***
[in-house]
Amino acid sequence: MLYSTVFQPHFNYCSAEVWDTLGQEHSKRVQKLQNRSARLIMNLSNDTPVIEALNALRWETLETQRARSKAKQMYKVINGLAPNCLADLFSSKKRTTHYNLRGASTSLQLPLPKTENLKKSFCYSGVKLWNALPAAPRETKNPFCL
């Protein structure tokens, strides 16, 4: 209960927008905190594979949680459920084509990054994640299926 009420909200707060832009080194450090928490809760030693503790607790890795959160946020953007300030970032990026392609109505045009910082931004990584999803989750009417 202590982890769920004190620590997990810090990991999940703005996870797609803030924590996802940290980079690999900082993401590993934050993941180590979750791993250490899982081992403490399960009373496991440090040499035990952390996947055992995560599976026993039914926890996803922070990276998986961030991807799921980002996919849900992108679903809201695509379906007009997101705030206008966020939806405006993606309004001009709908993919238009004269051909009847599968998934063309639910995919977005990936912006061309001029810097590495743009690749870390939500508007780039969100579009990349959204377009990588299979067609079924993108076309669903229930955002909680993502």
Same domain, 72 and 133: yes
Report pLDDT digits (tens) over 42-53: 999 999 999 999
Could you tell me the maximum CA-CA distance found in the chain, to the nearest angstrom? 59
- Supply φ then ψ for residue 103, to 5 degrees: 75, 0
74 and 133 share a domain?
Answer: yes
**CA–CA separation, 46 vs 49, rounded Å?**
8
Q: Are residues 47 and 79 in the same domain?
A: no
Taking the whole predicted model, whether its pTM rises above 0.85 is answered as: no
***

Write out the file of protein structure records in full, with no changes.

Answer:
[in-house]
Amino acid sequence: MLYSTVFQPHFNYCSAEVWDTLGQEHSKRVQKLQNRSARLIMNLSNDTPVIEALNALRWETLETQRARSKAKQMYKVINGLAPNCLADLFSSKKRTTHYNLRGASTSLQLPLPKTENLKKSFCYSGVKLWNALPAAPRETKNPFCL
């Protein structure tokens, strides 16, 4: 209960927008905190594979949680459920084509990054994640299926 009420909200707060832009080194450090928490809760030693503790607790890795959160946020953007300030970032990026392609109505045009910082931004990584999803989750009417 202590982890769920004190620590997990810090990991999940703005996870797609803030924590996802940290980079690999900082993401590993934050993941180590979750791993250490899982081992403490399960009373496991440090040499035990952390996947055992995560599976026993039914926890996803922070990276998986961030991807799921980002996919849900992108679903809201695509379906007009997101705030206008966020939806405006993606309004001009709908993919238009004269051909009847599968998934063309639910995919977005990936912006061309001029810097590495743009690749870390939500508007780039969100579009990349959204377009990588299979067609079924993108076309669903229930955002909680993502």
Same domain, 72 and 133: yes
Report pLDDT digits (tens) over 42-53: 999 999 999 999
Could you tell me the maximum CA-CA distance found in the chain, to the nearest angstrom? 59
- Supply φ then ψ for residue 103, to 5 degrees: 75, 0
74 and 133 share a domain?
Answer: yes
**CA–CA separation, 46 vs 49, rounded Å?**
8
Q: Are residues 47 and 79 in the same domain?
A: no
Taking the whole predicted model, whether its pTM rises above 0.85 is answered as: no